2020 was an interesting year. It was a year of missing my family, it was a year of finally being able to have the resources to really make my work the way I want to make it. It was the year of a lot of brutal growth. But I look back on 2020—on a personal note—in a good way but I am happy it is behind us. (laughs)

But is it also a motivation to know that so many people aren’t in a good place right now but can escape from that through your music?

Yeah, 100%! I’ve always really related to the idea of the underdog. My biggest fear is to have someone feel left out, and I don’t want people to feel left out. I have felt that way before, and it’s just a horrible emotion because I think as human beings, all we want is to be with each other and connect and feel like we have a community around us. So with Covid and with everything that happened in 2020, I definitely keep it at the forefront of my mind that my work has to be hopeful work.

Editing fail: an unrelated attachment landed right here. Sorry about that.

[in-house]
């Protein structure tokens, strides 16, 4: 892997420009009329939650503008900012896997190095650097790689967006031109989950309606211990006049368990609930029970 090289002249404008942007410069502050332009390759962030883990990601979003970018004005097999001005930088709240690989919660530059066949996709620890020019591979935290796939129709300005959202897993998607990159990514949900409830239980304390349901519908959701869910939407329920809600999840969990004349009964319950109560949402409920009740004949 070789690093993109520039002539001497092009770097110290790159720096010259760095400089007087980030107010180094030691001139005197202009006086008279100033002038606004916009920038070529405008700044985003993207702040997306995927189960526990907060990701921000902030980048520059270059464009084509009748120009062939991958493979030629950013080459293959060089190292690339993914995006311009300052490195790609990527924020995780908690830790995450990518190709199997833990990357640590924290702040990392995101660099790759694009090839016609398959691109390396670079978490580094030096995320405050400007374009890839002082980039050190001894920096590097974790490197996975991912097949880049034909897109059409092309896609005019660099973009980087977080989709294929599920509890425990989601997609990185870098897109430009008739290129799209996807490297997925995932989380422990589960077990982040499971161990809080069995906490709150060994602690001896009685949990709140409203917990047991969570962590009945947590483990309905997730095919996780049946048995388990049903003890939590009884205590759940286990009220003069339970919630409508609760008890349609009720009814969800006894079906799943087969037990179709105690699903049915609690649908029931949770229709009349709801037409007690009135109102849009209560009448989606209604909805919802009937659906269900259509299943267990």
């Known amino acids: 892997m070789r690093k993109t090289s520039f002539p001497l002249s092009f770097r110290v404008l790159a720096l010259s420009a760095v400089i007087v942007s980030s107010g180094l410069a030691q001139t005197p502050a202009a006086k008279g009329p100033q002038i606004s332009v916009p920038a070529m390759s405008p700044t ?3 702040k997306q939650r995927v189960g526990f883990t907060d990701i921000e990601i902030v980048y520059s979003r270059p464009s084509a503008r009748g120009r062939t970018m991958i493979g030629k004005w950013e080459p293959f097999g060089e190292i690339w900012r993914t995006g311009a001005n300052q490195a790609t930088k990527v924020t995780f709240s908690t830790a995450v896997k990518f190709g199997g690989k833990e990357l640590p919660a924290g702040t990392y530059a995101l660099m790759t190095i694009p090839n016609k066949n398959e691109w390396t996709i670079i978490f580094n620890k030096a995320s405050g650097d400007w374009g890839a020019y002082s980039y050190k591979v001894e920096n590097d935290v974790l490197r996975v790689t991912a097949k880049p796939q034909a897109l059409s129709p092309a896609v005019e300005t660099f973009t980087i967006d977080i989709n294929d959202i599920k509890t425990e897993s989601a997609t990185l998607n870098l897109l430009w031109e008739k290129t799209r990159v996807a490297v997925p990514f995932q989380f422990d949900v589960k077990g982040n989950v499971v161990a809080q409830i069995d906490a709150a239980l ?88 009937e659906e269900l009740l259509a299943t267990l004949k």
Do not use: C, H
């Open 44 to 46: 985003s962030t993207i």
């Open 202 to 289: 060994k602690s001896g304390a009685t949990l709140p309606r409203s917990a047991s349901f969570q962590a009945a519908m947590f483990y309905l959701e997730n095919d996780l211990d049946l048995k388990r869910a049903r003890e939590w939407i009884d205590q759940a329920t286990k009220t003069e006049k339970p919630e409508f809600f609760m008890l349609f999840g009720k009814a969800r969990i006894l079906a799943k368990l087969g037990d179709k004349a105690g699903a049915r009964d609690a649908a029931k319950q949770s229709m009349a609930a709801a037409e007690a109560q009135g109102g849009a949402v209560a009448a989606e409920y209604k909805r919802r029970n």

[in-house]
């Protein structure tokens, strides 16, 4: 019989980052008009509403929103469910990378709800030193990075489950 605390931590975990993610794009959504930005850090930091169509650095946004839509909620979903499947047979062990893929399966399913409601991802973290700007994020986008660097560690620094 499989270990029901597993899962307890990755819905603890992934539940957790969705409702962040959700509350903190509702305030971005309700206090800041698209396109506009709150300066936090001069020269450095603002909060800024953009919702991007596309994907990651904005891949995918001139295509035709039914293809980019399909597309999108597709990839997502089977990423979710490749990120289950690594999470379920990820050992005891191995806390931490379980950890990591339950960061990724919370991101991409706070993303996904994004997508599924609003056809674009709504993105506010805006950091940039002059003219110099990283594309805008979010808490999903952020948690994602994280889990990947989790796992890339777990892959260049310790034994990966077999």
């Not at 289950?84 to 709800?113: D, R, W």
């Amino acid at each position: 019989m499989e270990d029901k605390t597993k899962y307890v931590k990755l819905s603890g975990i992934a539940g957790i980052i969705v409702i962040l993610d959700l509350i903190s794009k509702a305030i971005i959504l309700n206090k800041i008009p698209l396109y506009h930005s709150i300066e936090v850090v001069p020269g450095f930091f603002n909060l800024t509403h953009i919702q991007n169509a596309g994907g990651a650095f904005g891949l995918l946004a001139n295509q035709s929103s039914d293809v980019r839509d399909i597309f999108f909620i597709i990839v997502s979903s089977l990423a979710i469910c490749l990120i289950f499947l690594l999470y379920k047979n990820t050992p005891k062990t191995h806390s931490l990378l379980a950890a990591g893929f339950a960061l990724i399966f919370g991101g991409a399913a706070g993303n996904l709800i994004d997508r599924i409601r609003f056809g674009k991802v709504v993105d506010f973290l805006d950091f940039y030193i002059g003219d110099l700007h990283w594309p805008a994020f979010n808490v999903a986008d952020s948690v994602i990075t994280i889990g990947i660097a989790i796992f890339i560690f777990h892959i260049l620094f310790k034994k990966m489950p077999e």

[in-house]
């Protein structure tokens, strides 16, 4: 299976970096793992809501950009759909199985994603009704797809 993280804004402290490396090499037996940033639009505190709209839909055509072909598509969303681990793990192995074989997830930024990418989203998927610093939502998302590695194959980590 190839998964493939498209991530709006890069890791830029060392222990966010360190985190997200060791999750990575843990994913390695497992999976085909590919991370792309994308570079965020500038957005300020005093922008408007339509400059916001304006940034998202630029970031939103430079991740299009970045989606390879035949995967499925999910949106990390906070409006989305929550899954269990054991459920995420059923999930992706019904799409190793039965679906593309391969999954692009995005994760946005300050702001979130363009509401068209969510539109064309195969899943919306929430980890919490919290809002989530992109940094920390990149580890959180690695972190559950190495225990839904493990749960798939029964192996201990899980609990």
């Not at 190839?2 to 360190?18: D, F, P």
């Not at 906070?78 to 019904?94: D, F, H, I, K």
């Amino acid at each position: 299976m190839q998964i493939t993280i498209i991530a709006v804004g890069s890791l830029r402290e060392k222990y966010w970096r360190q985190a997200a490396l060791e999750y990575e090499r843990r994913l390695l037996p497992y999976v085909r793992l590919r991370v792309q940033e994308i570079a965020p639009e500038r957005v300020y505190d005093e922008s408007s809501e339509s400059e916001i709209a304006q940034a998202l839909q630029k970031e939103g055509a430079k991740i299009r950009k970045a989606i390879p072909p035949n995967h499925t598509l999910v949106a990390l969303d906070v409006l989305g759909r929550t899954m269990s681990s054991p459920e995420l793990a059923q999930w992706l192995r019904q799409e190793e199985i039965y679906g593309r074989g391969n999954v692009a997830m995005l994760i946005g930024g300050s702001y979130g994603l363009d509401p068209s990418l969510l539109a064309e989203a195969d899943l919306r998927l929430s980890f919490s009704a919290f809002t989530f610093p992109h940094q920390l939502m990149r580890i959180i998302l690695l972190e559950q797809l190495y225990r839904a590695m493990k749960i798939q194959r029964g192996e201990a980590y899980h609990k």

I try hard not to put myself down in my music. Even if I am feeling bad, I try to talk about feeling bad without putting myself down. I am not a role model, and I don’t think I am setting an example for anyone, but I do think that there is a healthy way to feel bad about something without putting yourself down and telling yourself that nothing is worth it or telling yourself that you are not good enough. I try to be honest about where I am at but not put myself down because I don’t want other people to put themselves down. I think that if I don’t put myself down then maybe people will think, “Ooh I don’t have to put myself down!” So yeah, I definitely think about how young people are feeling, and I am a young person too, and how I can best impact those people. I think about the artists that have impacted me. I am a massive Lady Gaga fan, like a huge Lady Gaga fan …

We’re big Gaga fans too!